March 8, 2006 The Alliance for Synthetic Fuels in Europe (ASFE) was launched yesterday. At a conference held in Brussels and attended by European Commissioners Günter Verheugen and Andris Piebalgs and Austrian Minister for Environment Josef Pröll, leading automotive manufacturers and fuel supply companies layed out their common vision of sustainable mobility in Europe. Founding members of the Alliance of Synthetic Fuels in Europe (ASFE) - DaimlerChrysler, Renault, Royal Dutch Shell, Sasol Chevron and the Volkswagen group – addressed the strategic role of synthetic fuels in tackling today’s energy and environmental challenges and reducing the environmental impact of road transport through improved energy efficiency and the use of cleaner fuels.
“Synthetic fuels can deliver a cleaner fuel future. Synthetic fuels can meet concerns about security and diversity of supply. Synthetic fuels can deliver real emissions reductions today and this will improve even more as the technology develops,” the conference was told by George Couvaras, chief executive officer, Sasol Chevron.
Royal Dutch Shell plc executive director, Rob Routs told the conference: “Synthetic fuels made from natural gas and biomass can also reduce petroleum dependency. They provide a cost effective, realistic development path between today’s fuels and longer term renewable energy.”
Franz-Josef Paefgen, general power of attorney, Volkswagen AG set out the objectives of the ASFE: “The objectives of ASFE are to promote synthetic fuels and support a range of activities in the field of sustainable mobility including research, projects demonstrating the benefits of synthetic fuels including vehicle trials, cooperation with governments and promotion of public awareness.”
Thomas Weber, member of the Board of Management of DaimlerChrysler AG, responsible for Group Research & Mercedes Car Group Development, assessed the objectives of the ASFE in the light of wider European policy objectives: “Synthetic fuels can make a real contribution in many of Europe’s policy areas - combating climate change, reducing energy consumption, diversifying energy supplies, ensuring security of energy supply and improving air quality.”
Luc-Alexandre Menard, senior vice president, public affairs, Renault concluded in outlining the challenge facing Europe and the ASFE: “Synthetic fuels are now a reality and Europe must work together to deliver the cleaner transport future that these fuels make possible.”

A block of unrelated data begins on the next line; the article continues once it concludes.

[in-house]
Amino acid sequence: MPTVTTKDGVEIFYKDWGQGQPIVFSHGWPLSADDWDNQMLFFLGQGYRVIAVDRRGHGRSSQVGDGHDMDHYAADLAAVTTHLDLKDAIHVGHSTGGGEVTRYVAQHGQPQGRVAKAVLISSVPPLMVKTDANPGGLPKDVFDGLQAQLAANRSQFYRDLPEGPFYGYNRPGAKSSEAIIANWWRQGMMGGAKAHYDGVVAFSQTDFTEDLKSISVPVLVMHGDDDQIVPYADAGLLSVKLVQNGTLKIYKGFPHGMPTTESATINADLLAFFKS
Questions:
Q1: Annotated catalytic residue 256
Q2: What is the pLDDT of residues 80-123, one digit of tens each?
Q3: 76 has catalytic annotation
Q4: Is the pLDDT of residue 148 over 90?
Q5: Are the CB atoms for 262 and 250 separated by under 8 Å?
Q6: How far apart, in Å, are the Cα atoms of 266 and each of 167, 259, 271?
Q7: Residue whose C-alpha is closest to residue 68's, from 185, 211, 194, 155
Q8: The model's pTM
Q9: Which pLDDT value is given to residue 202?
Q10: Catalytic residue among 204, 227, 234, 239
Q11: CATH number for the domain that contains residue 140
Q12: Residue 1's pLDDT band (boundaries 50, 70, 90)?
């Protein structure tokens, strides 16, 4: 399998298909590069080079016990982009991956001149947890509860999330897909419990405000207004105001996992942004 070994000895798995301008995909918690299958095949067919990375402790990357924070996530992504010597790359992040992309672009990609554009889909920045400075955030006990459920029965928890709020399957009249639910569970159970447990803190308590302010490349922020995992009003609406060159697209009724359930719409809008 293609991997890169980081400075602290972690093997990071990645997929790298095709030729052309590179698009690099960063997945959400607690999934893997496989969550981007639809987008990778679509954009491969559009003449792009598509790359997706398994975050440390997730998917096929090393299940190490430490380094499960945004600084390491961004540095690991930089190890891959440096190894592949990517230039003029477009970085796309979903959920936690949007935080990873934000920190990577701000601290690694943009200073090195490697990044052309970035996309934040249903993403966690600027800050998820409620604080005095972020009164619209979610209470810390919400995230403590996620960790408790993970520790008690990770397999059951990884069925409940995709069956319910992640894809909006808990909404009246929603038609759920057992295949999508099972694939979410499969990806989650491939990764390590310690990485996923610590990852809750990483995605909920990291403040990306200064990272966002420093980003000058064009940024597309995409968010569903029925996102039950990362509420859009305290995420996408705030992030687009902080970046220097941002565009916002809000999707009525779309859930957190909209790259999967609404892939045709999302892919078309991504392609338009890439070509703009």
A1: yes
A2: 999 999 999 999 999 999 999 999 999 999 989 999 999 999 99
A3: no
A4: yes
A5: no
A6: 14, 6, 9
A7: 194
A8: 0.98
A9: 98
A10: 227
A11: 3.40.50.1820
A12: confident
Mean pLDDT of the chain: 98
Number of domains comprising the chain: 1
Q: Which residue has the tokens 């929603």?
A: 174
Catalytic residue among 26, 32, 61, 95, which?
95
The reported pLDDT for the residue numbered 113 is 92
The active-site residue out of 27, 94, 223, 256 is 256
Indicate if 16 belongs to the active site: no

Through a series of keynote talks and a panel discussion, ASFE members stated their shared commitment to reducing the environmental impact of road transport through improved engine technology and cleaner fuels. ASFE members showed how synthetic fuels can contribute to improved security of supply and to a sustainable transport future.
The conference heard how, working together, the car manufacturers and fuel suppliers are making a new generation of engines, with further improvements in energy efficiency and reduced exhaust emissions using synthetic fuels.
About synthetic fuels
Synthetic fuels are a new generation of near zero sulphur and aromatics transport fuels made with the Fischer Tropsch process from natural gas (GTL), coal (CTL) or biomass (BTL). Of the three processes, GTL is the most commercially advanced and offers a practical alternative fuel today. A number of plants are being built or planned and product availability will increase from 2006 onwards. BTL needs further R&D investment but has the potential to use domestic resources in Europe.
Greenhouse gas emissions associated with synthetic fuels derived from natural gas are comparable with transport fuels made from crude oil, while those produced from biomass can contribute to greenhouse gas reduction of up to 90%. As synthetic fuels can be used neat or blended in existing diesel engines, distribution and refueling infrastructure, they are the most cost effective solution to reducing petroleum dependency. Synthetic fuels can provide significant local air quality improvement by reducing tailpipe emissions (particulate matter, nitrogen oxides, carbon monoxide and hydrocarbons).